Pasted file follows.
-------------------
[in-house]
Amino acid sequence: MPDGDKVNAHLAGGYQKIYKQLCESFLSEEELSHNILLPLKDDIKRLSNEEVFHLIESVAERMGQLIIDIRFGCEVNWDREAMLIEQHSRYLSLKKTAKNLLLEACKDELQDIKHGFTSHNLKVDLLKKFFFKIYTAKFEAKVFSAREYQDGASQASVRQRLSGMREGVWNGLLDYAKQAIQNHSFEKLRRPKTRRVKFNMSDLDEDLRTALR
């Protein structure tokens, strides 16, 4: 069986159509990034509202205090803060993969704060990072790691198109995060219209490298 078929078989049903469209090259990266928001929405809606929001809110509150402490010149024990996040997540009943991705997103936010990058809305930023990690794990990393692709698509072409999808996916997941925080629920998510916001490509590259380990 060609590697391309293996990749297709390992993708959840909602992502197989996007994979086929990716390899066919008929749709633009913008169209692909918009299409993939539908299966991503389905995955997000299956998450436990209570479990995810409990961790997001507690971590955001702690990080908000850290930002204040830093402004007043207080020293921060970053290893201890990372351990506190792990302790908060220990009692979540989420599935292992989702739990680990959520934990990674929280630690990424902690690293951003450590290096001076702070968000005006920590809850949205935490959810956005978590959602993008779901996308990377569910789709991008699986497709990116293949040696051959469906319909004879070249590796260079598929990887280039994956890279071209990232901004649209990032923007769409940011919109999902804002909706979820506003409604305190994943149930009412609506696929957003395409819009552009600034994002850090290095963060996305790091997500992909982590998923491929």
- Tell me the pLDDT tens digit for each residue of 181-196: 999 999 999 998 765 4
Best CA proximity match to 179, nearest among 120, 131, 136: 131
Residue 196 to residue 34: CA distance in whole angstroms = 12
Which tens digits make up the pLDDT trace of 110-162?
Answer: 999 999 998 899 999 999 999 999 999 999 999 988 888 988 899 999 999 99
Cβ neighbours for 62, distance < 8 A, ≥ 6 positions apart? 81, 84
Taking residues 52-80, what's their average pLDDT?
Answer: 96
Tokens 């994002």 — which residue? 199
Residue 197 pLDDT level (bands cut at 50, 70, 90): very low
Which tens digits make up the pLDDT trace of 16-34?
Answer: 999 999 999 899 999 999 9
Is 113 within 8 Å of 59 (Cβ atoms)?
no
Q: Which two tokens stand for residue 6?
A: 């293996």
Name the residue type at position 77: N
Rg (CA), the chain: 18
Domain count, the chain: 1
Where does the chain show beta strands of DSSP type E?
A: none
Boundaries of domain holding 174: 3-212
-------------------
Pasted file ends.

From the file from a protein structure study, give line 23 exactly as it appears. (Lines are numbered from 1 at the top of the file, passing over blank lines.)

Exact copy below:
Where does the chain show beta strands of DSSP type E?